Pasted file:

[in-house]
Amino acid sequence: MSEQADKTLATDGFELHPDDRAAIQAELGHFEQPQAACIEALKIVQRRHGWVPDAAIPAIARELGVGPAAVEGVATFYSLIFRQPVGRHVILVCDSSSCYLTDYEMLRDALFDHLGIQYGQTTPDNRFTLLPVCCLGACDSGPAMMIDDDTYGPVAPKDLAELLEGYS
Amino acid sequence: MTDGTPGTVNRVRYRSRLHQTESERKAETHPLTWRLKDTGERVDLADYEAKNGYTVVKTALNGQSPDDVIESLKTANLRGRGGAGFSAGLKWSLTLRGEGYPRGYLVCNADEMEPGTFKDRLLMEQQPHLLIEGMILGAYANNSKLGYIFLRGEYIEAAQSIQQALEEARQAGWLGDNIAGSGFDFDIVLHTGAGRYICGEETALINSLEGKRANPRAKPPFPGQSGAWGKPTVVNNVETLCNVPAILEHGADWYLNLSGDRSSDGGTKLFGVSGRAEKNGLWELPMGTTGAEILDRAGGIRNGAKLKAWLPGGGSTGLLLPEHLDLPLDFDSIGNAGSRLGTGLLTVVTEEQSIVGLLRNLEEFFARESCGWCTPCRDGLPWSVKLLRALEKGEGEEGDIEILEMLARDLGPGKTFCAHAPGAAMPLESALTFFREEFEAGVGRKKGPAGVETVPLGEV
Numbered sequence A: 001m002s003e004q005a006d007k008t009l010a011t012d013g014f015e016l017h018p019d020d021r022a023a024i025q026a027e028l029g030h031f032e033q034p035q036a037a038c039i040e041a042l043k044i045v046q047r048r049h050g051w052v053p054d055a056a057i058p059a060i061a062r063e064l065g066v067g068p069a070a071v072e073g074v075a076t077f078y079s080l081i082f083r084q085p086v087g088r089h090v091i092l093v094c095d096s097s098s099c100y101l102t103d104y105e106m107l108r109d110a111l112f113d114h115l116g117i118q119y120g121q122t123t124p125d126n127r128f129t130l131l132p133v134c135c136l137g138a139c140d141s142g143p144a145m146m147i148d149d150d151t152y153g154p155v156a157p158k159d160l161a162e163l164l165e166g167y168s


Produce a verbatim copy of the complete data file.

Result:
[in-house]
Amino acid sequence: MSEQADKTLATDGFELHPDDRAAIQAELGHFEQPQAACIEALKIVQRRHGWVPDAAIPAIARELGVGPAAVEGVATFYSLIFRQPVGRHVILVCDSSSCYLTDYEMLRDALFDHLGIQYGQTTPDNRFTLLPVCCLGACDSGPAMMIDDDTYGPVAPKDLAELLEGYS
Amino acid sequence: MTDGTPGTVNRVRYRSRLHQTESERKAETHPLTWRLKDTGERVDLADYEAKNGYTVVKTALNGQSPDDVIESLKTANLRGRGGAGFSAGLKWSLTLRGEGYPRGYLVCNADEMEPGTFKDRLLMEQQPHLLIEGMILGAYANNSKLGYIFLRGEYIEAAQSIQQALEEARQAGWLGDNIAGSGFDFDIVLHTGAGRYICGEETALINSLEGKRANPRAKPPFPGQSGAWGKPTVVNNVETLCNVPAILEHGADWYLNLSGDRSSDGGTKLFGVSGRAEKNGLWELPMGTTGAEILDRAGGIRNGAKLKAWLPGGGSTGLLLPEHLDLPLDFDSIGNAGSRLGTGLLTVVTEEQSIVGLLRNLEEFFARESCGWCTPCRDGLPWSVKLLRALEKGEGEEGDIEILEMLARDLGPGKTFCAHAPGAAMPLESALTFFREEFEAGVGRKKGPAGVETVPLGEV
Numbered sequence A: 001m002s003e004q005a006d007k008t009l010a011t012d013g014f015e016l017h018p019d020d021r022a023a024i025q026a027e028l029g030h031f032e033q034p035q036a037a038c039i040e041a042l043k044i045v046q047r048r049h050g051w052v053p054d055a056a057i058p059a060i061a062r063e064l065g066v067g068p069a070a071v072e073g074v075a076t077f078y079s080l081i082f083r084q085p086v087g088r089h090v091i092l093v094c095d096s097s098s099c100y101l102t103d104y105e106m107l108r109d110a111l112f113d114h115l116g117i118q119y120g121q122t123t124p125d126n127r128f129t130l131l132p133v134c135c136l137g138a139c140d141s142g143p144a145m146m147i148d149d150d151t152y153g154p155v156a157p158k159d160l161a162e163l164l165e166g167y168s